Thursday, July 20, 2006

 

Renegade Writer Q&A: Deb Carpenter


Deb Carpenter agreed to speak with me this morning at a local coffeeshop (Starbucks, if you must know). I’ve known Deb for a little over a year, and she’s an incredibly smart and talented writer – the kind of writer who we’re proud to claim as a Renegade Writer fan. Her credits include Parenting, Woman's Day, ADDitude, Publishers Weekly, and Child.com. She lives in Tyngsboro, Massachusetts, with her husband and two children, ages 6 and 3. Here’s our interview:

Why did you start freelancing?

My work background before having my two children was in child development and psychology. For five years, I was a stay-at-home mom who read a lot of magazines. I’d read articles and say to myself, “I could have written that!” so I started thinking it might be something fun for me to try. I had a ton of story ideas, and with my background, it felt like a good fit. As you know, I took your class after reading The Renegade Writer [I teach a class on getting started as a freelance writer through our local adult education center, and it’s true – Deb actually brought our book to the first class. An instant A+!Diana], and an online query writing class.

Honestly, I never thought I’d succeed. Sending those first few queries out was just an exercise in something I thought could be fun. I was interested to see what would happen, and I never really thought through “what next” if I actually got an assignment. My personality is “start at the top and see what happens.” It was pure curiosity.

So, you must have been stunned that you sold something to a major magazine fairly quickly.

I was floored. Scared out of my mind. It was one thing to make a sale, and an entirely different thing to actually have an editor counting on me.

It was my sixth query to Parenting that sold, a short piece on how to use reverse psychology to get kids to do what you want (ran February 2006). Up till that point, I was getting nos, but I’d just send something else, using the editor’s comments to help me focus on developing just the right idea.

During the writing process, I worked really hard to make a good impression. I spent way more time than I probably needed writing the piece, and I was nothing but accommodating during the revision process or when the editor had questions. I tried to be a writer she’d want to work with again. When the job was complete, I sent her a thank you note – nothing fancy, just something to let her know I appreciated the assignment. It’s something I now do with every magazine I write for. I also give them something a little extra: for example, for a story I did on ways to leave your children behind, I wrote up an additional seven or eight tips. On another story, I wrote up a little sidebar.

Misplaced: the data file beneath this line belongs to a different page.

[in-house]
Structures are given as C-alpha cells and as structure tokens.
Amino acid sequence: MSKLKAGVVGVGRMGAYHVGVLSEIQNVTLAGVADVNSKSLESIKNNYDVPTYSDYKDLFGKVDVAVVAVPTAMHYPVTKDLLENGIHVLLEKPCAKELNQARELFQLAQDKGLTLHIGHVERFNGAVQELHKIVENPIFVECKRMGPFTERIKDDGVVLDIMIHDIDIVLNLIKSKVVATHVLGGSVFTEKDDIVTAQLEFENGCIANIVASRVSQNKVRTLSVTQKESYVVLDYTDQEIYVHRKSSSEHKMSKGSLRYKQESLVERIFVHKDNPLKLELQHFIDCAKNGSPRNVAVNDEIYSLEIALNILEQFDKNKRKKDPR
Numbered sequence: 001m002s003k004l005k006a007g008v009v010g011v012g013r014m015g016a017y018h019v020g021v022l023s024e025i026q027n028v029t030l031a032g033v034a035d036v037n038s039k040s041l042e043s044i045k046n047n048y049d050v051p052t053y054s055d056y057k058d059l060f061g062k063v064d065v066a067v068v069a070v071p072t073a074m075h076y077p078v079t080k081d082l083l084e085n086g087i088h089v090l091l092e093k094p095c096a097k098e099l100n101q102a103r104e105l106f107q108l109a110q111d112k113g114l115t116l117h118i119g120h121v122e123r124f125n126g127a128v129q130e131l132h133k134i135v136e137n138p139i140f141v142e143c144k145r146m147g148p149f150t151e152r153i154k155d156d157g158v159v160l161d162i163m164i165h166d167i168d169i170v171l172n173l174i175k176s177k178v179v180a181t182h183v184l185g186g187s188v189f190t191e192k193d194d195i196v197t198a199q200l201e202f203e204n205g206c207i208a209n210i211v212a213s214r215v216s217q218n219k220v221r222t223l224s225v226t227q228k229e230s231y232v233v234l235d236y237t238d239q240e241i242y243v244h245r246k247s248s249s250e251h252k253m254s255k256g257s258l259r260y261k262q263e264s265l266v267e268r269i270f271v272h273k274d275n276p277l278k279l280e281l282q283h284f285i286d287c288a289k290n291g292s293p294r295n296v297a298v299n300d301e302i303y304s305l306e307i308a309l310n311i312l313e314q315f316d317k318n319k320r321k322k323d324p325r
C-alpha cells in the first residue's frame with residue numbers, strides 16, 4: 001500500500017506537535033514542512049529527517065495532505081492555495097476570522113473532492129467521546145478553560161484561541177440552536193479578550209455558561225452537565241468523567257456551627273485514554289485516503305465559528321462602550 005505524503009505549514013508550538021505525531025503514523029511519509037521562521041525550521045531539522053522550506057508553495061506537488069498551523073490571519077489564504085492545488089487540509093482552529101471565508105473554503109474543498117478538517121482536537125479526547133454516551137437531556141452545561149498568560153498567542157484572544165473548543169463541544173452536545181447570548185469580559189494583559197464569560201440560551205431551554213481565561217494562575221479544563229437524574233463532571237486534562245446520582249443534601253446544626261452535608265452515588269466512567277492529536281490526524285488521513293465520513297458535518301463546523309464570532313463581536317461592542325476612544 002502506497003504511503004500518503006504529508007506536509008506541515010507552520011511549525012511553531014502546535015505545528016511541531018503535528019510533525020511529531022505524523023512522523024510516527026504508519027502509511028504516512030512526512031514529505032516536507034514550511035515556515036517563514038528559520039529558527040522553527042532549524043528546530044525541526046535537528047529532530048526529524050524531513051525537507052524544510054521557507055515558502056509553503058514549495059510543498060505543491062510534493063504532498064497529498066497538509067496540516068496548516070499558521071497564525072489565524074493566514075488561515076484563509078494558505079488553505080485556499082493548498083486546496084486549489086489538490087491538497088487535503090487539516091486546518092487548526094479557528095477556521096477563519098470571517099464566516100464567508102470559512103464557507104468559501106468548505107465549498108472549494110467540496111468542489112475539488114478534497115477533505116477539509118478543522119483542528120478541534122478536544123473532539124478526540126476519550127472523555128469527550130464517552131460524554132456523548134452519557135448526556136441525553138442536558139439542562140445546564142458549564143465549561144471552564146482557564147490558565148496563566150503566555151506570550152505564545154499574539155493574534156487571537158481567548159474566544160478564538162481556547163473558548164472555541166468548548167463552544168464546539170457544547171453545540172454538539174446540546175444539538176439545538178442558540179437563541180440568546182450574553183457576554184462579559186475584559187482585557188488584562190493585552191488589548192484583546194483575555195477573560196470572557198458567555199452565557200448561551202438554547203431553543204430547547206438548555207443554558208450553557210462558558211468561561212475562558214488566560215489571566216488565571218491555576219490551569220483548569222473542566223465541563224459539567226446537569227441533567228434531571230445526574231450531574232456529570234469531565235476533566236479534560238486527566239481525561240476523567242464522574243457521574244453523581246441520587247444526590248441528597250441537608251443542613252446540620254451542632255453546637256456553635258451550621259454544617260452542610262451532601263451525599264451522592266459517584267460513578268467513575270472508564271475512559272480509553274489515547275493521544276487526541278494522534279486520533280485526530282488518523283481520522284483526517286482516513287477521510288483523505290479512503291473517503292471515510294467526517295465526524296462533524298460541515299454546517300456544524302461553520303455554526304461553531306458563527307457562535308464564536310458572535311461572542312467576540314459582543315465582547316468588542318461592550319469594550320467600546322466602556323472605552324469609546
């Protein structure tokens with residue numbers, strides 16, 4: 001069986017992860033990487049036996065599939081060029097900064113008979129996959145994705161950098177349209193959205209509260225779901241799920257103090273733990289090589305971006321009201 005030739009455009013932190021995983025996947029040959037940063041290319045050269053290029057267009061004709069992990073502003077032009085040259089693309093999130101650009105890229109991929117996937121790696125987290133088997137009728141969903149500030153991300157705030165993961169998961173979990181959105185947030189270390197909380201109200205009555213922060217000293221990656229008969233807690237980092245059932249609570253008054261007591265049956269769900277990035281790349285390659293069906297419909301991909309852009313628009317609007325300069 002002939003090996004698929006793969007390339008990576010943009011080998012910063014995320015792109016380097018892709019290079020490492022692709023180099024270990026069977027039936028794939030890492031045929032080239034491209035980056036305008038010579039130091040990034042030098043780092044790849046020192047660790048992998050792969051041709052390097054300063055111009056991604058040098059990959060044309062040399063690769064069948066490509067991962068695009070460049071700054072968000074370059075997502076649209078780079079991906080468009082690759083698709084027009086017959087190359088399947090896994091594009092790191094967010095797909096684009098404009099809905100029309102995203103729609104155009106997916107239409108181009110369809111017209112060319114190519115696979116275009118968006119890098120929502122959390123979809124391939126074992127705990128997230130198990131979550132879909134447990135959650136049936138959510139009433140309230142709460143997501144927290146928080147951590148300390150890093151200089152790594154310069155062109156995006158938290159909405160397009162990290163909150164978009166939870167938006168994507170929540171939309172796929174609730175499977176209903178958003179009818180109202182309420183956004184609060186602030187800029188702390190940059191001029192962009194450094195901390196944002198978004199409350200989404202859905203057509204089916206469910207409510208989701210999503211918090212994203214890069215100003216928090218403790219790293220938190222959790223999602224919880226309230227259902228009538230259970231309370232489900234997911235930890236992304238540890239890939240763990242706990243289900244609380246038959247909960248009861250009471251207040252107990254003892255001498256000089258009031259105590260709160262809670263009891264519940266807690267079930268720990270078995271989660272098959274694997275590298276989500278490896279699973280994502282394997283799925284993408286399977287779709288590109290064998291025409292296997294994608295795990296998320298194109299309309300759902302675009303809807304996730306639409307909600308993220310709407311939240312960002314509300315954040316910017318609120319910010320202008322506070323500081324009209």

The interesting thing is that Parenting bought the seventh idea I pitched, as well as some of the earlier ones they’d rejected once I turned in my first piece. With Woman’s Day, the editor bought from my first pitch. She didn’t want the whole story, just part of it. So you never know how things are going to work out!

Deb, what are the three things that have surprised you since you’ve started freelancing?

First, that the work is there, especially if you have a niche or specialty. Some writers scatter buckshot, but that strategy hasn’t worked for me. I’ve done some assignments beyond my skill-set, and I spend three times as long on them as I do on the child development and psychology pieces. For me, specializing is the best use of my time.

Second, organization is key to working effectively. I’ve made most of my sales on follow-ups with editors, so I keep careful track of who I pitch and when I should follow up. I create folders for each assignment, keep my computer files organized, and make sure my contacts are in order. Super professionalism means super organizational skills – I don’t want to look like a schmuck. And especially because I have kids, it’s doubly important for me to stay organized because it’s so easy to lose track of what’s going on when you’ve got to switch gears back and forth.

And third, you can have a family and a career, but you have to know your limits. I make sure I don’t have too many assignments on my plate at once because everyone loses if I can’t keep up. It’s okay to turn down assignments – I’ve done it and my career hasn’t suffered at all. Better to be honest than to disappoint.

Thanks, Deb.

No problem. Now where’s that $20 you promised me?

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